We arrived at Penn Station and found our way to the exit to make our way to the hotel, thankfully the hotel was a relatively short walk along Seventh Avenue. The sidewalks were crowded and the heat and car fumes did not make for a pleasant walk. Eventually we arrived at the hotel and were grateful that the room was at the back of the building meaning it was relatively quiet. The next day, we decided to take a relatively relaxed day before some serious sightseeing. We took a walk up to Central Park which is often known as New York’s ‘backyard’ and is a large 843 acre park which took 16 years to create in the mid 19th century. The park is an attractive mixture of greenery and water features with a number of buildings dotted around the park. The Central Park Zoo occupies one corner before walking around the Sheep Meadow brings you to the Bethesda Fountain and Terrace. We stopped at Boathouse for a bite to eat before making our way to Belvedere Castle which is a 19th century stone castle that gives visitors great views over the park. Walking down the side of Central Park West, we stopped at the Dakota Building before walking into Strawberry Fields which was created by Yoko Ono. After the 10th rendition of ‘Imagine’ by the buskers in the gardens we decided was time to leave and visit the nearby Lincoln Center.  The Lincoln Center is a large cultural complex that houses an array of venues for The Metropolitan Opera, New York Ballet and New York Philharmonic. It is also a great place to people watch around the spectacular and entertaining fountain. The next place on our itinerary was the United Nations Building which involved walking to the east side of Manhattan. Walking past the famous store of Bloomingdales, we began to come across roads blocked off and groups of police standing around. A bit further on groups of demonstrators lined the street and we realised that the area around the United Nations was in lockdown due to the General Assembly of the United Nations taking place. In the evening we began to explore the madness around the area around Times Square, which is not really a square but is where a number of roads meet. This is also the Broadway Theatre district and where a lot of television shows are recorded.   Before we set out on our trip, we had purchased a New York Pass because virtually nothing in New York is free and it would enable us to be fast tracked at some of the busier attractions. The pass is not cheap but does provide a wide range of attractions, tours and cruises for your money. However it does need a certain amount of planning to make sure that you get the most out of the card and therefore the next day we decided to concentrate on the Downtown area. We took the Metro down to the World Trade Center to visit the 9/11 Memorial and Museum. It is only when you visit the site, that you fully understand the scale of the disaster, outside two large memorial pools sit in the footprints of where the towers stand and inside the human stories are told in a restrained and sensitive way. The new One World Trade Center, the tallest building in New York stands like a sentinel above the site. From the Center, we walked down past Wall Street to Battery Park where you get your tickets and catch the ferry over to the Statue of Liberty and Ellis Island. The ticket offices are in Castle Clinton and then it’s a case of joining the queues and going through tight security before boarding the ferry for the short ride across to Liberty Island. By this time the heat of the midday sun was approaching 85 degrees and many travellers were beginning to feel the strain. However the cool breeze from the water was most welcome as we made our way to the Island. The Statue of Liberty is one of the most famous statues in the world and with clear blue skies looked magnificent as we approached the jetty. Close up to the statue, you have some idea of its enormous scale being 305 feet tall and weighing 200 tons. From Liberty Island you can return back to Manhattan or take another ferry to Ellis Island. Fascinated by the story of Ellis Island, we took the ferry across to one of the symbols of America’s immigrant heritage. Between 1892 and 1954, Ellis Island was the arrival point for over 12 million people, the Museum gives some insight into their experience of landing in America.Over the next few days, we enjoyed great views of Manhattan from the Top of the Rock in the Rockefeller Center and the Empire State Building. Had a cultural fix at the Metropolitan Museum of Art, Guggenheim Museum and the Museum of Modern Art. Had a bus trip around Greenwich Village, Soho, Tribeca and Harlem. Went shopping at Macy’s, Bloomingdales and looked around some of the various markets.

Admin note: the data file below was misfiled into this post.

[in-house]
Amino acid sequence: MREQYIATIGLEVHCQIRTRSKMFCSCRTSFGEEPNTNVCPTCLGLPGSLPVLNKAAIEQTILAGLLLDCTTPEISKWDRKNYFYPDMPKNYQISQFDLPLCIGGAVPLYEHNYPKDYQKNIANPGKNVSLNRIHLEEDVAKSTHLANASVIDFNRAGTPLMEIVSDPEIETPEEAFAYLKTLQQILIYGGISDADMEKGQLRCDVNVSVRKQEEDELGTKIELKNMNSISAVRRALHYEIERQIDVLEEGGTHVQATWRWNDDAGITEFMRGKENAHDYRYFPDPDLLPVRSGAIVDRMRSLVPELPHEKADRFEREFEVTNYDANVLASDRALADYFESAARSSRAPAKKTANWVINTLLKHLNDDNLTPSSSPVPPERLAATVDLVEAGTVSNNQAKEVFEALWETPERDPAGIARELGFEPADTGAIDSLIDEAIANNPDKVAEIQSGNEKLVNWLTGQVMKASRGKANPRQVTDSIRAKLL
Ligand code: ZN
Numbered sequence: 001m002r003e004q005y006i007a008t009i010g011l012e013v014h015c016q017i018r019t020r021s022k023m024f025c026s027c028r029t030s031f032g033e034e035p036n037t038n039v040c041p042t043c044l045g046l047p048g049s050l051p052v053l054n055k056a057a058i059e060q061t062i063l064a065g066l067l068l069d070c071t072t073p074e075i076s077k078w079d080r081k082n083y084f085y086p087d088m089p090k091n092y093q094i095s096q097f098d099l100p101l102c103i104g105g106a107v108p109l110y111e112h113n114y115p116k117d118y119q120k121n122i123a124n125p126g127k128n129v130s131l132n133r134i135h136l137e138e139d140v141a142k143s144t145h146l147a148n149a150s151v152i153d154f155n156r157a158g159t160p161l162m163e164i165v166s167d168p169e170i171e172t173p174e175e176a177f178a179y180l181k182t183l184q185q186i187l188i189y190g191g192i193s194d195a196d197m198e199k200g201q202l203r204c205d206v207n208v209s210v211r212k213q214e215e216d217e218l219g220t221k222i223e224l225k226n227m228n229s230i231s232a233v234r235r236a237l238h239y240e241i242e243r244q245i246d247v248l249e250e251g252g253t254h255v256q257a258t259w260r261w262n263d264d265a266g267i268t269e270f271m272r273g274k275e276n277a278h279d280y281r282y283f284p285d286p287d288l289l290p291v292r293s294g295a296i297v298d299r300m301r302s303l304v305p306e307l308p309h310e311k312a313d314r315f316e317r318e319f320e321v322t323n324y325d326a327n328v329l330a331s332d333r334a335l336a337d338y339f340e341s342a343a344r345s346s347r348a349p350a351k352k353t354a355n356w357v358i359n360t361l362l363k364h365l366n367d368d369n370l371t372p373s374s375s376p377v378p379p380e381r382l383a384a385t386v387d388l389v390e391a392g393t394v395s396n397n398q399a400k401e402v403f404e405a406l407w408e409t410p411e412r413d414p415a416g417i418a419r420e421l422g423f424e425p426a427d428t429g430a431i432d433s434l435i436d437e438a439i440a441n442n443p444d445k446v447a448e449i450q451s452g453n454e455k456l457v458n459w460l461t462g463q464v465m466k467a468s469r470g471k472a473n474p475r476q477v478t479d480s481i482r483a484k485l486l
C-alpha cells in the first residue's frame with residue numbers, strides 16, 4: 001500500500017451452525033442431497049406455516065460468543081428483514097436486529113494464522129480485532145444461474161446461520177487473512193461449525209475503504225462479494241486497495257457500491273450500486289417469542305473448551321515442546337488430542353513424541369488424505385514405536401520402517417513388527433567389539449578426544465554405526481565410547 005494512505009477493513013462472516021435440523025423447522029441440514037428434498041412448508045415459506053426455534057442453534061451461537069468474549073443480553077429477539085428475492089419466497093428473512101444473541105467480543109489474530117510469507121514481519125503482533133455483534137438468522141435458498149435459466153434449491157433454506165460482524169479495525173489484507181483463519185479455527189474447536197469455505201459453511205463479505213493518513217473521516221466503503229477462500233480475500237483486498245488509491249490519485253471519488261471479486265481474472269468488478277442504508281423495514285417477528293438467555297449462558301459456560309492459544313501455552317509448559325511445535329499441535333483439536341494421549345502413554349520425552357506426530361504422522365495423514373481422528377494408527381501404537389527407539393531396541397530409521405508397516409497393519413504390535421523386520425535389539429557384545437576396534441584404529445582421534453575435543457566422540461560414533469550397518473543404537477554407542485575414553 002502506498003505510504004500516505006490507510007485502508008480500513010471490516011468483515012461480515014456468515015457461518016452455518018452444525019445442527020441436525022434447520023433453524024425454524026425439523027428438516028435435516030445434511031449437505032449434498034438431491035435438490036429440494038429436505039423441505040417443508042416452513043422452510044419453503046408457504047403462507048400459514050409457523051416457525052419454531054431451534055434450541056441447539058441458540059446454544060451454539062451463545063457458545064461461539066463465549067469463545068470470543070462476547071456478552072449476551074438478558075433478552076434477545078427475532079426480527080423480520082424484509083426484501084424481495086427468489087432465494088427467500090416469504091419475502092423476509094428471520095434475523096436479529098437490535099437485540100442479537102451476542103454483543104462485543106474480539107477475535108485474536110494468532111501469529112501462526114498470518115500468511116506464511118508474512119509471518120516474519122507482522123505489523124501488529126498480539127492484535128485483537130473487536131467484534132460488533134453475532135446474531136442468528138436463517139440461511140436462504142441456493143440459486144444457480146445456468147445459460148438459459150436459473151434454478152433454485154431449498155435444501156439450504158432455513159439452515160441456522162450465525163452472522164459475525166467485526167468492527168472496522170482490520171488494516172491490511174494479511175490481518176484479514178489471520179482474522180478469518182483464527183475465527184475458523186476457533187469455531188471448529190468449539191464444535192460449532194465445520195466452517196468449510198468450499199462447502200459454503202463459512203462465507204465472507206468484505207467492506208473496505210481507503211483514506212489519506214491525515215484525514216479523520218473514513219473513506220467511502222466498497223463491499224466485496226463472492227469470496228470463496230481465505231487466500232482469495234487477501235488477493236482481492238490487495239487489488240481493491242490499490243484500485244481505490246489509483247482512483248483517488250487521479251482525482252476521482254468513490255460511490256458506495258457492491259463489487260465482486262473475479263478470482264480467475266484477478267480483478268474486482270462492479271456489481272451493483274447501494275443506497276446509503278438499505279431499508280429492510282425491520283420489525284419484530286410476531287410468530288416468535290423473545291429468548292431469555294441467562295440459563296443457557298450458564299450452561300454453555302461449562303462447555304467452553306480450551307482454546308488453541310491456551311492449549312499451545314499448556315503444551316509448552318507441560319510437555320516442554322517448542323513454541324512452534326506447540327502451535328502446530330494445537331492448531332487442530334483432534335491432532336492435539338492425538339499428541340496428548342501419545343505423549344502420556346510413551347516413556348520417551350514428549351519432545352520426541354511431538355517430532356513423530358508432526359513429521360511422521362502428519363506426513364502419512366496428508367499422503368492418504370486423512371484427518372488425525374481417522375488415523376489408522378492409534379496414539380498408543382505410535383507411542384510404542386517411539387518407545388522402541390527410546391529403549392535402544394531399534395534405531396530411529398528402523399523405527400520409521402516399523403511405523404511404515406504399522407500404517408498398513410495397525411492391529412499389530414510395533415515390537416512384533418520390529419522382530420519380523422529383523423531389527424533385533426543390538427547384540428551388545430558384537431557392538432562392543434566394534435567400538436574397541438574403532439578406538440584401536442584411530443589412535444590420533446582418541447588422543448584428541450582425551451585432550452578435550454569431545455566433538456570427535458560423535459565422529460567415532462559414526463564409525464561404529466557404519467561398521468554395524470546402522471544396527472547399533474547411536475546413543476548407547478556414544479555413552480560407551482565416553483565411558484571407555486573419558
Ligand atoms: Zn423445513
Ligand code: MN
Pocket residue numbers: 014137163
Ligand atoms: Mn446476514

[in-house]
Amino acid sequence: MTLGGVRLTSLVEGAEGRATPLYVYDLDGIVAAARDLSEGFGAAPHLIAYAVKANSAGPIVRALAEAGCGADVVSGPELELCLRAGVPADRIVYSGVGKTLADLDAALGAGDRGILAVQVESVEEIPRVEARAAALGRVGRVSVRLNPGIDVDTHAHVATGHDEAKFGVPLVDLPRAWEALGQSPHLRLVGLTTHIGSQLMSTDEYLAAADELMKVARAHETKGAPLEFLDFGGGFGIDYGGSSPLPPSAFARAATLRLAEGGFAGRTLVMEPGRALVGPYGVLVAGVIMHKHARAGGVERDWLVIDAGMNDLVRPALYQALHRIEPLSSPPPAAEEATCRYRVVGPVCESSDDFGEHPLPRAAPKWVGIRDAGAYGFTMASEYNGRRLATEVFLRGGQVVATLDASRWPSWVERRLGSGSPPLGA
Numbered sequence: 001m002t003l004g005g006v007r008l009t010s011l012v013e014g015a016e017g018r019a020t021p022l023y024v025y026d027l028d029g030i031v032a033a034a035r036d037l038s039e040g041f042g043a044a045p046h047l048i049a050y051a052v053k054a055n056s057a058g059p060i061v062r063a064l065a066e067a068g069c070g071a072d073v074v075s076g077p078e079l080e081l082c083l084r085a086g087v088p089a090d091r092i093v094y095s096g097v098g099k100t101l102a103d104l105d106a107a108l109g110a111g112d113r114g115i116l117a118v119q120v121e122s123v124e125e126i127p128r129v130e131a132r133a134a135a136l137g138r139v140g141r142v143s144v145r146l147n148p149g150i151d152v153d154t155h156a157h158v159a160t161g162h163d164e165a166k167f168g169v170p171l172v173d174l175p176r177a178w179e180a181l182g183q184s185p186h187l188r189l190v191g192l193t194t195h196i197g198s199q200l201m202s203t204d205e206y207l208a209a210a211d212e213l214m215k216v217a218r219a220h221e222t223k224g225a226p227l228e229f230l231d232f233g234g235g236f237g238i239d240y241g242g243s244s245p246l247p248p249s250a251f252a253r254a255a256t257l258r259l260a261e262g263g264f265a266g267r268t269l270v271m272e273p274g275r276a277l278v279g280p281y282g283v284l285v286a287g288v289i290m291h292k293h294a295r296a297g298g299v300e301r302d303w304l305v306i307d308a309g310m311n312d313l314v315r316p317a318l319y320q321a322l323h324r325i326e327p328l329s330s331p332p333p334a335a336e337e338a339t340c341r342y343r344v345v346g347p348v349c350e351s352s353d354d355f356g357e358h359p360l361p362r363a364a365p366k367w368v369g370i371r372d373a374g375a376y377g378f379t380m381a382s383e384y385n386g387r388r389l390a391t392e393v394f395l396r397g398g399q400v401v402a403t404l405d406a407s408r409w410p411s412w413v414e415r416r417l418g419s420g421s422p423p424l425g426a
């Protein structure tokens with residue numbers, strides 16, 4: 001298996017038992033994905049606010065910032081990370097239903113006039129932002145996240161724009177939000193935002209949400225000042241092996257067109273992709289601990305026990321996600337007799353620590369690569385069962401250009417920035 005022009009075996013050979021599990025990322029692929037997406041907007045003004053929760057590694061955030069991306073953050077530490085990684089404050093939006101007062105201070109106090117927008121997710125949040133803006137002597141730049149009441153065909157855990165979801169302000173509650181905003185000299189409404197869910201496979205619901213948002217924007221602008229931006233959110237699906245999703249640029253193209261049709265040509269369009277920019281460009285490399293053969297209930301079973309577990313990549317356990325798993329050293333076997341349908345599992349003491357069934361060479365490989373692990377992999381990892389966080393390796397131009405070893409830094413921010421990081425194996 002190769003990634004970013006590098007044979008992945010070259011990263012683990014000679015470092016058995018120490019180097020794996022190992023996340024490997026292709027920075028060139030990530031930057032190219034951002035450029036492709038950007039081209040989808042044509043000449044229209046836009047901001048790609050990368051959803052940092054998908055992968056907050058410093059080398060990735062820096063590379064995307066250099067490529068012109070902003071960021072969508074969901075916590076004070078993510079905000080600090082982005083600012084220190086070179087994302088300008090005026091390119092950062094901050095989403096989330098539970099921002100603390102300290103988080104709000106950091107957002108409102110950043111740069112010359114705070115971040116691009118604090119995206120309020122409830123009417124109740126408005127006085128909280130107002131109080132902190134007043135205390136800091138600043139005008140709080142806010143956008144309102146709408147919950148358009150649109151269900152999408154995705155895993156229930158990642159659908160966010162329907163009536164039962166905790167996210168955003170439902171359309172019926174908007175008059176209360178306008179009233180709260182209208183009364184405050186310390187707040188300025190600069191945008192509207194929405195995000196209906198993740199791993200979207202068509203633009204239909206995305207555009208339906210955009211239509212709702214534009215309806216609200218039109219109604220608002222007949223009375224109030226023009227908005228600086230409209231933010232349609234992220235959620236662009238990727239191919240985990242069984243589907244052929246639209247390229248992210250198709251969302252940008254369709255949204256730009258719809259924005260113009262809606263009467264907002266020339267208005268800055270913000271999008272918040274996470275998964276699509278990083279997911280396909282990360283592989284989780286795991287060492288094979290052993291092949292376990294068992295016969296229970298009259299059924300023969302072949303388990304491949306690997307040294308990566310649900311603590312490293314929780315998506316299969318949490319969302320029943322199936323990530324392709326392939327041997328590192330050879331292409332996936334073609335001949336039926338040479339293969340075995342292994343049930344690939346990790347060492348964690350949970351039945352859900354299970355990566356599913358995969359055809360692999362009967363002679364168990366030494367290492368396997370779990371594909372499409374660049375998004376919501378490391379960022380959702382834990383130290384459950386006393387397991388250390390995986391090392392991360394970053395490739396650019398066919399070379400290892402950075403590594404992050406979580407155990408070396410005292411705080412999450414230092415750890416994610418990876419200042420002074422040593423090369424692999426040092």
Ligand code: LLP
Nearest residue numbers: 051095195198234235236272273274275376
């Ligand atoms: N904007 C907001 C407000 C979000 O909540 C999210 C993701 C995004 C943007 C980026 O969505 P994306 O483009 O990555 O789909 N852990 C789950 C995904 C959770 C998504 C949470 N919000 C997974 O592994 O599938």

One of the highlights off the usual tourist path is a visit the Grand Central Station, the vast terminal is one of the great public spaces in New York with its vaulted ceiling full of moving constellations.